A review of the most recent advertising campaigns.
With both Eids, the World Cup season and Independence Day all wrapped up, this quarter has really given advertisers ample time to flex their creative muscles. Marketing-centric groups such as Khalid Alvi Marketing Next are ablaze with debates on campaign after campaign. From Ariel’s bold and rather controversial take on aurat ki jagah ghar main hay issue to Coca-Cola’s Hum Aik Hain campaign – the ad world has a menu of campaigns to choose one’s most least-liked ad from. Here is a quick overview of some of the yays and nays that caught my attention in the last couple of weeks.
Production Agency: The Red Films
Campaign: Bykea Toh Samjho Bhai Kia
Message: Bykea is as reliable as the proverbial, helpful bhai.
Effectiveness: Bykea’s ‘Samjho Bhai Kia’ is a loveable campaign bang on the subcontinental insight that we tend to ask for simple favours from people by referring to them as bhai. The campaign is a smart play on the brand’s name and proves that a small insight goes a long way. Not to mention that the look and feel of the TVC is culturally relevant, grounded and local. Add to the mix a light-hearted, feel good jingle and you have a memorable ad. Overall, this ad gets points for its accurate resonance of Pakistani street culture. Although I am probably not their target audience, the ad gave me massive #relate feel, especially in the shot where a Bykea driver delivers groceries to an aunty who could not go out due to bad weather. That aunty is me, I’m that aunty. Ah! The magic of ads that get subcontinental insights right!
Agency: Ammar Rasool/Rocketman Films
Campaign: Dadi Cool
Message: Waves is cool?
Effectiveness: First of all, a moment of silence for iconic singer of the seventies/eighties – Sir Boney M, true king of Euro-Disco, who thankfully did not live to see the day Waves butchered one of his bestsellers. From marketing groups to women-only groups, there was a collective sigh on the internet followed by a big ‘why’? Waves have been trying to be the ‘it’ thing since quite some time, whether by dabbling in fashion at the International Fashion Festival Canada or by taking on household name Bushra Ansari for their recent campaign. A legendary comedienne like Ansari could have really helped the brand up their humour game but instead she ended up playing the subcontinental version of Aunt Agatha, who buys flashy leather jackets from garage sales, smells of cheap cigarettes and is generally avoided at parties because of her over enthusiasm to fit in. They also on-boarded Faiza Saleem for the PR outreach of this campaign and all I want to say is Waves is spending too much money on bad ideas, perhaps hoping that all this star power will have their target audience flocking the outlets.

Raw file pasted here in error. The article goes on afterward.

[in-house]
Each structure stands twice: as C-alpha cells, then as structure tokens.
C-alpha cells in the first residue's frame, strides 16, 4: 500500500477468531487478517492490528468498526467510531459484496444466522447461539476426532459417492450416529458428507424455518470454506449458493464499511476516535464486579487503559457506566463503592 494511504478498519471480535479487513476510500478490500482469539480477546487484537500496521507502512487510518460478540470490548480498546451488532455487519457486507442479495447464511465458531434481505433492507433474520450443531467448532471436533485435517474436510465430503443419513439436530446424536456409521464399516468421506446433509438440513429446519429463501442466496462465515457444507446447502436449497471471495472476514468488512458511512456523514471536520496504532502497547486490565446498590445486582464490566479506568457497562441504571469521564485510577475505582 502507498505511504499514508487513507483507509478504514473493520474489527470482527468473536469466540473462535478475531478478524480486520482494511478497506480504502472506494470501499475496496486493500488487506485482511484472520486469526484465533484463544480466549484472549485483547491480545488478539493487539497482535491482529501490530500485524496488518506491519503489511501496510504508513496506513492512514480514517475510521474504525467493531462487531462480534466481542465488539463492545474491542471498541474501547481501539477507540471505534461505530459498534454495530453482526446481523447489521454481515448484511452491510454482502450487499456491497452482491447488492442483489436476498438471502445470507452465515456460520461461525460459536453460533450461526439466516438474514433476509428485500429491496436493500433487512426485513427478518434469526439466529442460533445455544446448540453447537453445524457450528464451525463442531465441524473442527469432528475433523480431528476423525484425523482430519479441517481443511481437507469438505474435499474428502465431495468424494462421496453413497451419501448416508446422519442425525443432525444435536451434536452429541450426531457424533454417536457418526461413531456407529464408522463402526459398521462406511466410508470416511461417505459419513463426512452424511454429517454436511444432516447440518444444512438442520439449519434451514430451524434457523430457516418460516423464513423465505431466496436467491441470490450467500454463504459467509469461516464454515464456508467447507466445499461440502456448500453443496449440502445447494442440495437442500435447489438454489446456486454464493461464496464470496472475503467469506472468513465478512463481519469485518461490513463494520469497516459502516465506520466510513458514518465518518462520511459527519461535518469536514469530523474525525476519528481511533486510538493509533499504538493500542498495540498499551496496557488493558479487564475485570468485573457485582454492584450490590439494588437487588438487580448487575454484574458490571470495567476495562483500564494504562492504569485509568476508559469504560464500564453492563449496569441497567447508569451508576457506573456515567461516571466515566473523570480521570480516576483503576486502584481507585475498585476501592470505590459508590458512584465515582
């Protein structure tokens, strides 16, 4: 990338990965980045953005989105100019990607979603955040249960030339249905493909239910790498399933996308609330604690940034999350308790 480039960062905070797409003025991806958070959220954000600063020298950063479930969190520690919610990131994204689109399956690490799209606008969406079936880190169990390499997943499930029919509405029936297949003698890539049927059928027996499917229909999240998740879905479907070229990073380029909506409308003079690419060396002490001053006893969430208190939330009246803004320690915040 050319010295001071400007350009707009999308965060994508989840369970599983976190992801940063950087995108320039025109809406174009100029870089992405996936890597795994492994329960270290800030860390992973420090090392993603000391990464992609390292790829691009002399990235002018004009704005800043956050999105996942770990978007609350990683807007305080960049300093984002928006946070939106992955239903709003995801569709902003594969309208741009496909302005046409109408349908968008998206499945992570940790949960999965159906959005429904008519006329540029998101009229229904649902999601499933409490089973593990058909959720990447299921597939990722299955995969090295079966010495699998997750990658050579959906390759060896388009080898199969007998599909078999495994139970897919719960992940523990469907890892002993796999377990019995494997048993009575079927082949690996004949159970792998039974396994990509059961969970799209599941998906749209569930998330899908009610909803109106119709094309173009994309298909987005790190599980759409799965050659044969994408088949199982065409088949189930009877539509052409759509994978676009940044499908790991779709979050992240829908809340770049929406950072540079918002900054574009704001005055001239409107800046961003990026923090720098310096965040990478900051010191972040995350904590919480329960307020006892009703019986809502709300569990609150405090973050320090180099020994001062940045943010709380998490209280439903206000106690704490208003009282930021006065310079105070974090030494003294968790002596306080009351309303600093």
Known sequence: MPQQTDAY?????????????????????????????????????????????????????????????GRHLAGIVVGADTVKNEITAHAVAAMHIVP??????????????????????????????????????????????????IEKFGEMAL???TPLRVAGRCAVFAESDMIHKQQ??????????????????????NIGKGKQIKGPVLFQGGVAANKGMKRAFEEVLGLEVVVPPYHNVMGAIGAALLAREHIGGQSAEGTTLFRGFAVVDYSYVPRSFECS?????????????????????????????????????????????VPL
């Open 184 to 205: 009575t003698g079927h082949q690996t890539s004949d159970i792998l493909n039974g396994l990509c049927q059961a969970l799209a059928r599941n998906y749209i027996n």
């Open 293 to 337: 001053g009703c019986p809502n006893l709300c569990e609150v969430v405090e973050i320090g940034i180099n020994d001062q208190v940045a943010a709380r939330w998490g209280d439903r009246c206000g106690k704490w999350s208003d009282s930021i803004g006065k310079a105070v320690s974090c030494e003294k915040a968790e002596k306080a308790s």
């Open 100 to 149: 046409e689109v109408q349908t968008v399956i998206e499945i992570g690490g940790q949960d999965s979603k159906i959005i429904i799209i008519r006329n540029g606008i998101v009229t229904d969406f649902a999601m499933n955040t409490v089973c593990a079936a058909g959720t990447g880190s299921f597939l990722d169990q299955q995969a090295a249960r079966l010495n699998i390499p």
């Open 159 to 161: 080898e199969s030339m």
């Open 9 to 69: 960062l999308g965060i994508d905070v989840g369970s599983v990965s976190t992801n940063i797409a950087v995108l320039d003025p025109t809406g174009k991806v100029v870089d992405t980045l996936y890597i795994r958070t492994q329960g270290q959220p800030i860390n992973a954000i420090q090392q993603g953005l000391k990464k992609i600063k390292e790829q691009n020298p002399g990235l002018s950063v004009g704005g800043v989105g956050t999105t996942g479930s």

Brand: National Foods
Agency: IAL Saatchi & Saatchi
Campaign: Nayi Soch Ke Naye Zaiqe
Message: National Foods is as progressive as the people who love it.
Effectiveness: This ad features in this piece for one reason: progress. Gone are the days when masala brands were about housewives singing and dancing in the kitchen, cooking korma while their husbands were busy being ‘men’ and reading/watching news. This TVC portrays the dynamics between couples from different age groups, cooking together and having fun. It deliberately highlights that girls/women don’t magically transform into Salt Baes the minute they are born and that a married girl can be clueless about cooking, in which case she either runs to her mum for help or turns to her new best friend Google. The husband on the other hand isn’t your typical sartaj and helps out whenever needed and sometimes cooks even better than she does. National Foods through consistent marketing efforts have been trying to break away from the ‘Kitchen Ahead: Only Women Allowed’ label and have succeeded in doing so to some extent.
Agency: Soho Square
Campaign: Rap Battle
Message: Summers are lit with Sprite ka hit?
Effectiveness: Sprite tapped into the booming underground rap scene with a TVC that shows rapper Faris Shafi going into a somewhat rushed rap showdown with Meharbano. The rap battle integrates the brand’s tagline Apni Pyaas Ko Sprite Kar and wins big on the freshness factor. However, as much as I liked the idea, the execution does not do justice to the concept or to Shafi’s mettle. The feel of the TVC is rushed and choppy and just when viewers really get into the rap swag vibe, Shafi’s rapping ends abruptly followed by Meharbano awkwardly and rather forcefully plugging in the brand tagline. The first half of the TVC really seems like the ad would accrue new levels of street cool. Sadly it falls flat mid-way and doesn’t even manage to register the battle in the viewer’s mind.
Brand: Adamjee Insurance
Message: Adamjee safeguards dreams and aspirations.
Effectiveness: I have no problem accepting that advertisers probably make emotional ads for people like me. The ad is chockfull of emotion as it shows children from underprivileged backgrounds working from an early age and putting their dreams on hold in the hope that someday things will get better. The children add another layer of vulnerability so that you almost feel you are there looking into their hopeful eyes. The VO adds to the poignancy with a tightly-written script that aims at your heart from the start with an unwavering grip right to the end. The visual language and mood shots are real and do a great job in triggering your primal instinct to protect. Massive win for Adamjee for this ad that actually makes you want to be someone’s nigheban.
Taniya Hasan is a content marketer.